Leveraging Our Scientific Creativity — RADx-tech

RADx Tech Process DiagramThe RADx-tech program offers extensive expertise and support to bring the diagnostic technologies that require additional clinical, regulatory, and commercialization assistance from development to deployment. The RADx-tech program uses a rigorous, rapid-review process that provides independent evaluation of the technology and the potential to scale. The program leverages the long-standing Point-of-Care Technology Research Network (POCTRN), which is run by the National Institute of Biomedical Imaging and Bioengineering. In a process based on an “innovation funnel,” applications move rapidly through multiple review gates that involve increasing selection pressure.

On entering the innovation funnel, each project is evaluated by a team with wide-ranging expertise. Projects that are deemed to be promising enter into to a weeklong intensive review process, which we refer to as a “shark tank” or “deep dive.” In phase 0, multiple expert reviewers provide a detailed assessment of the technology and give critical feedback to the NIH and the project teams. Approximately 15 to 20% of completed RADx-tech applications enter phase 0. For those projects that are successful (25 to 30% of phase 0 projects), detailed, milestone-driven work packages are developed in order for projects to enter phase 1. Technologies are then rigorously tested and validated in the independent POCTRN validation core over a monthlong process to ensure that these new tests meet or exceed their predicted analytic performance. If a project is judged to be successful at that point, rapid scale-up and clinical testing in phase 2 gets under way, with substantial financial assistance provided.

Applications that have been received to date by the RADx-tech program span nearly every stage of technology development, with submissions coming from small and midsize companies, academic laboratories, early-stage start-up companies, and large commercial manufacturers. It is not uncommon for applicants to still be preparing for their EUA submission to the FDA. Promising technologies that have been reviewed by the program include innovations that allow high-throughput, portable, and point-of-care platforms, from CRISPR (clustered regularly interspaced short palindromic repeats) technologies for the detection of viral nucleic acids to lateral flow strips for both nucleic acid and viral antigen testing. Many platforms integrate advanced microfluidic components and state-of the-art readout strategies that use compact optics and electronics. Overall performance, ease of use, and digital reporting are facilitated by smartphone systems that are designed for nonexperts. In addition, alternatives to conventional nasopharyngeal and anterior nasal swab sampling are being explored, and a majority of prototypes involve the use of saliva, oral swabs, and other collection sites.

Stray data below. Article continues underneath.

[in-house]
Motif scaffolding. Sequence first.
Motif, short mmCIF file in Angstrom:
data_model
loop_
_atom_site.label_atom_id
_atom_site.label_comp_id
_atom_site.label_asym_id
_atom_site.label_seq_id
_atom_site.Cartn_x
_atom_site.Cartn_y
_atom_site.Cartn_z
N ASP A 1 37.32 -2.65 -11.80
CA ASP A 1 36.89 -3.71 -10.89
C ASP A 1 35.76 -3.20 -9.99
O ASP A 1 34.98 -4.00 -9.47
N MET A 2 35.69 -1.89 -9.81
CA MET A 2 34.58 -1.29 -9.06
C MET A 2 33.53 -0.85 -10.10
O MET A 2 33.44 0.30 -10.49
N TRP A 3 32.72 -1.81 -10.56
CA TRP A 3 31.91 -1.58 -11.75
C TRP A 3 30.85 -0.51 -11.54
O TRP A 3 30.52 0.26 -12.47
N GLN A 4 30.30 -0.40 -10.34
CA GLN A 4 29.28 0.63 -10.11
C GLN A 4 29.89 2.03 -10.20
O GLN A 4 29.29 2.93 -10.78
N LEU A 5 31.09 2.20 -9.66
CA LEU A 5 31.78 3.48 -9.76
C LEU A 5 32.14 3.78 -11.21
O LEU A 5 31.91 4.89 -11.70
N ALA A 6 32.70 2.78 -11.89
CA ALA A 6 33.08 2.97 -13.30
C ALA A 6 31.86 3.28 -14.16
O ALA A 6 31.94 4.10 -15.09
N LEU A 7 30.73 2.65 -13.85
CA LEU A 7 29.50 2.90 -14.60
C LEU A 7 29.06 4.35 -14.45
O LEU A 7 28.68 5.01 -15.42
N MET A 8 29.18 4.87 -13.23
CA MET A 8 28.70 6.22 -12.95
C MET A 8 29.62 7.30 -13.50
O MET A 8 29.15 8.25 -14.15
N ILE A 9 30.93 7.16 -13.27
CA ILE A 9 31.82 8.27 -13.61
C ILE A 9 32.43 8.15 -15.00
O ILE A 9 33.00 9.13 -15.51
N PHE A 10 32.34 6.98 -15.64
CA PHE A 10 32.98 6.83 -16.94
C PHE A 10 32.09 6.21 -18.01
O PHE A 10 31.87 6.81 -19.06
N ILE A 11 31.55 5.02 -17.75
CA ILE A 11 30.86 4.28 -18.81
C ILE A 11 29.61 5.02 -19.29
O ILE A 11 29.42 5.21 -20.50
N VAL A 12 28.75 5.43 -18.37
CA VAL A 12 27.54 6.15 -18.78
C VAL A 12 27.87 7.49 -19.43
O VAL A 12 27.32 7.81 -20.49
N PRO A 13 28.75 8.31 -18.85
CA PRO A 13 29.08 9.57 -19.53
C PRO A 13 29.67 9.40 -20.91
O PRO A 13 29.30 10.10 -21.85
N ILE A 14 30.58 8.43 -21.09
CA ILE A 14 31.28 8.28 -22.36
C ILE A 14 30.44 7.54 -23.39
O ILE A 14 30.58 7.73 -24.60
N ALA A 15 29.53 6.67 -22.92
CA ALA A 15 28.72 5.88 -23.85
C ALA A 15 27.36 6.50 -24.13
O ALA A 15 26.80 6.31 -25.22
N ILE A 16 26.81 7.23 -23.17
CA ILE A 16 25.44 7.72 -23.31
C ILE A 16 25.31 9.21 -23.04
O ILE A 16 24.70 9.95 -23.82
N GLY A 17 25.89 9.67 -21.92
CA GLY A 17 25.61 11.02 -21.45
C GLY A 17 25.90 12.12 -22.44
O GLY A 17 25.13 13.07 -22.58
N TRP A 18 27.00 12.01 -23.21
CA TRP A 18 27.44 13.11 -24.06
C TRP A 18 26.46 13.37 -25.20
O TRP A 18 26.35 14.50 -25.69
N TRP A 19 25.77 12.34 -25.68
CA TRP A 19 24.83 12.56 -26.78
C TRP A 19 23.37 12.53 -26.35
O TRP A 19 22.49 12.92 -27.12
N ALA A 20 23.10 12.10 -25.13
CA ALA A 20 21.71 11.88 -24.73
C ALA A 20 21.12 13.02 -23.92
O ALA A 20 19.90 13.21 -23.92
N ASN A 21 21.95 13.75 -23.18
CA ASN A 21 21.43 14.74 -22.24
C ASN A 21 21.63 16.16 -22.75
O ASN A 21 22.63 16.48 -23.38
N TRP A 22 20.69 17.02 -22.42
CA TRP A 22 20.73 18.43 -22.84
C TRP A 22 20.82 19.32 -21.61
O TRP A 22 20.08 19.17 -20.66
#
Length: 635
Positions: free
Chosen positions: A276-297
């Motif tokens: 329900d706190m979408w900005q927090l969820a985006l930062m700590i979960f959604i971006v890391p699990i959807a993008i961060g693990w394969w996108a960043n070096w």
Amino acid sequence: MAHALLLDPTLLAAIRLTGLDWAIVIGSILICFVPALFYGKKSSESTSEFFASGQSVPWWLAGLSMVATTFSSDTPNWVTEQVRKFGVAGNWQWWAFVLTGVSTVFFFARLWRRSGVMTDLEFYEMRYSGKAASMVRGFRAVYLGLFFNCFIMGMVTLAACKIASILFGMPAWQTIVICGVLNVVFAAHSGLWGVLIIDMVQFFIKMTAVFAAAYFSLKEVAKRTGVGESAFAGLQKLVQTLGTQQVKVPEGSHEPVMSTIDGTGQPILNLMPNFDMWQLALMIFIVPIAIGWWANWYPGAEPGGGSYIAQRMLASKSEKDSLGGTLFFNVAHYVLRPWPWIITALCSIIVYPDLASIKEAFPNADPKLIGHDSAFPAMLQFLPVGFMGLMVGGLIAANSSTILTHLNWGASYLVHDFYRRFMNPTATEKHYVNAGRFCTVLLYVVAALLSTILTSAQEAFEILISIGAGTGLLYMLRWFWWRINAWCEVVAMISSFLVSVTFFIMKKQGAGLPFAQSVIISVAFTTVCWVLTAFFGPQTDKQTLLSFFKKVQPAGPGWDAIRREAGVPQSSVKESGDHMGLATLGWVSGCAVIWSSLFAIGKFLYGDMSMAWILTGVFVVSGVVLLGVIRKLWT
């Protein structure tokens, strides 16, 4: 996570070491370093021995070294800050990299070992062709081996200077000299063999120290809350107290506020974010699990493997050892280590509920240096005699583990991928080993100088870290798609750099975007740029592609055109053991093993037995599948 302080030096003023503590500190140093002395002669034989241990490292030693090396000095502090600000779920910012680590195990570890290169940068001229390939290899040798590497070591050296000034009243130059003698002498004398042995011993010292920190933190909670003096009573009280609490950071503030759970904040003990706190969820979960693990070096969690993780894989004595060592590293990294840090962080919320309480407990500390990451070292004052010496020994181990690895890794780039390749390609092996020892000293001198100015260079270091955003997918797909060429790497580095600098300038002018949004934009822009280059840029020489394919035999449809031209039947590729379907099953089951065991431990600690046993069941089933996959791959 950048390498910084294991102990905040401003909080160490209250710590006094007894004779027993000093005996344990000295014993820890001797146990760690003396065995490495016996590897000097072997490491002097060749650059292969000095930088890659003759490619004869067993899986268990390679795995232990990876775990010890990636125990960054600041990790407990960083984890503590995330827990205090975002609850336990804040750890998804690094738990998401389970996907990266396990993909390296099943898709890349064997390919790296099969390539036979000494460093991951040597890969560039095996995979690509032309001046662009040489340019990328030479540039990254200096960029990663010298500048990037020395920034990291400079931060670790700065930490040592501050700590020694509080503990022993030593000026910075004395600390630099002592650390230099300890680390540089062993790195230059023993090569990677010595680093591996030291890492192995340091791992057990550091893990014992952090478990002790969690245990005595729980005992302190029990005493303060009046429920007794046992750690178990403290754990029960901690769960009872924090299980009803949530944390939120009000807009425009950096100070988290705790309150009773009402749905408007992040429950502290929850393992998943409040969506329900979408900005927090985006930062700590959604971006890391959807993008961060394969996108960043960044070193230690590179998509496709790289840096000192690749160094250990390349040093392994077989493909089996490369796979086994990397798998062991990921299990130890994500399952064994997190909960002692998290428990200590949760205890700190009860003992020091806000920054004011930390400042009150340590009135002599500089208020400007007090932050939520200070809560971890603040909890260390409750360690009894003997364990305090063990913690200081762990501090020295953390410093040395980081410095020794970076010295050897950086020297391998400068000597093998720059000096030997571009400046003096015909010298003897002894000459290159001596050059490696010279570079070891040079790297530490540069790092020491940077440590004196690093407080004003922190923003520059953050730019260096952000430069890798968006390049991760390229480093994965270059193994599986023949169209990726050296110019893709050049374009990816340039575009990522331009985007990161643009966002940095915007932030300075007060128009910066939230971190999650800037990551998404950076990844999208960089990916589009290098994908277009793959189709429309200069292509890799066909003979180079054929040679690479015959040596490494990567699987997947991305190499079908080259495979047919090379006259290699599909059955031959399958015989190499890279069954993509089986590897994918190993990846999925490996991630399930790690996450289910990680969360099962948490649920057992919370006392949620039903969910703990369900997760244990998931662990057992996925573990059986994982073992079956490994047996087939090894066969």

As of July 13, 2020, a total of 2587 expressions of interest have been received, and more than 600 full applications have been submitted from 41 U.S. states and the District of Columbia. Within 8 weeks after the launch, 27 projects had successfully made it through the shark tank to phase 1, and the entry of the first project into phase 2 is imminent. As technologies and companies go through this process, the RADx program is also seeking to identify testing platforms that may be especially suitable for testing small groups or isolated, underserved populations at point-of-care sites or in rural or remote areas that do not have access to high-throughput robotic testing systems. Technologies that reduce the facility footprint, decrease overall testing complexity, and provide rapid results will be especially helpful, and the program will work to assist in the deployment of these systems in these specialized environments. As part of this process, ease of use, including specimen-collection methods and clear and easy-to-understand instructions to facilitate widespread uptake, will be integrated into the process.

Active collaborations with other government agencies are critical during this process. The NIH is closely coordinating with the Office of the Assistant Secretary for Health, BARDA, and Department of Defense to ensure that each party is aware of the discussions and existing relationships taking place with private-sector companies, to ensure no duplication of funding, to streamline communications, and to leverage the experience, knowledge, and technical capacities of different agencies within the government.

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